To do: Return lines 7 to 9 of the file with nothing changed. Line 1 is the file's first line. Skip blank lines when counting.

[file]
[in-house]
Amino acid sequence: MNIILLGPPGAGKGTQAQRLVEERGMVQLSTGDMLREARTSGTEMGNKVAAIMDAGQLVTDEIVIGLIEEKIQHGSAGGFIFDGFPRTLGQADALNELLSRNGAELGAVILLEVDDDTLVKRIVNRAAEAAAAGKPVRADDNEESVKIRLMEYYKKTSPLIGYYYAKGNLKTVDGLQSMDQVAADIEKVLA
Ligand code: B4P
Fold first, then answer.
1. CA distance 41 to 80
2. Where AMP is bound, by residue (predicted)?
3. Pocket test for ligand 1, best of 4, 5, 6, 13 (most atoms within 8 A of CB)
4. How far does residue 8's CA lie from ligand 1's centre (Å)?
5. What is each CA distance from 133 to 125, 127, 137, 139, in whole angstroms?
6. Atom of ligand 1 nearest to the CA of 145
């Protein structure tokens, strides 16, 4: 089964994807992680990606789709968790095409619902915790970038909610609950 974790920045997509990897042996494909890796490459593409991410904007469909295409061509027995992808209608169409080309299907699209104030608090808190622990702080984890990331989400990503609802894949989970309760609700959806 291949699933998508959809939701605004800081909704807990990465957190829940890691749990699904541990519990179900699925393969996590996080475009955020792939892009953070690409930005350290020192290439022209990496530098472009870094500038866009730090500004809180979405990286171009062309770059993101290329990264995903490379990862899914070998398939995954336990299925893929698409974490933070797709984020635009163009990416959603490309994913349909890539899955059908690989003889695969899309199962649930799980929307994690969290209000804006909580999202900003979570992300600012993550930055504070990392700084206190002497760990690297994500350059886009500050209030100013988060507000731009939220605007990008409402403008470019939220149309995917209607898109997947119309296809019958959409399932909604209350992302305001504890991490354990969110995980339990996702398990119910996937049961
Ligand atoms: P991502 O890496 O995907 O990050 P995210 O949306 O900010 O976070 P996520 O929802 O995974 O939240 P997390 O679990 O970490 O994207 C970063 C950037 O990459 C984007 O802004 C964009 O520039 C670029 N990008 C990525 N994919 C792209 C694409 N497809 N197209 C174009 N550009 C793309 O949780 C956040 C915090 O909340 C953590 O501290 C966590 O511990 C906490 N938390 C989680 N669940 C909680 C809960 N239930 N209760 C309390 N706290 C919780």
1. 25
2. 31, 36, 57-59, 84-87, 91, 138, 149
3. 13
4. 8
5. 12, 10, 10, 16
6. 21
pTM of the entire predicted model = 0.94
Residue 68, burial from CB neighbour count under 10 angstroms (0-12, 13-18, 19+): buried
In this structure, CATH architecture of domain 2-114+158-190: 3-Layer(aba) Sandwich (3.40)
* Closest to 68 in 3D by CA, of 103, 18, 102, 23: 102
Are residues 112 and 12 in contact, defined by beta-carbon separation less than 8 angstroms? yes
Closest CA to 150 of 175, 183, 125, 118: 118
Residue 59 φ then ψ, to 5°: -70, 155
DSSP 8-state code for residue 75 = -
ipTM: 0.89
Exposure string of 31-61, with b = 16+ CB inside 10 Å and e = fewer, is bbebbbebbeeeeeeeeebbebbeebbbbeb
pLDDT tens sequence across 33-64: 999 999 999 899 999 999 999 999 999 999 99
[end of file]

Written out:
3. Pocket test for ligand 1, best of 4, 5, 6, 13 (most atoms within 8 A of CB)
4. How far does residue 8's CA lie from ligand 1's centre (Å)?
5. What is each CA distance from 133 to 125, 127, 137, 139, in whole angstroms?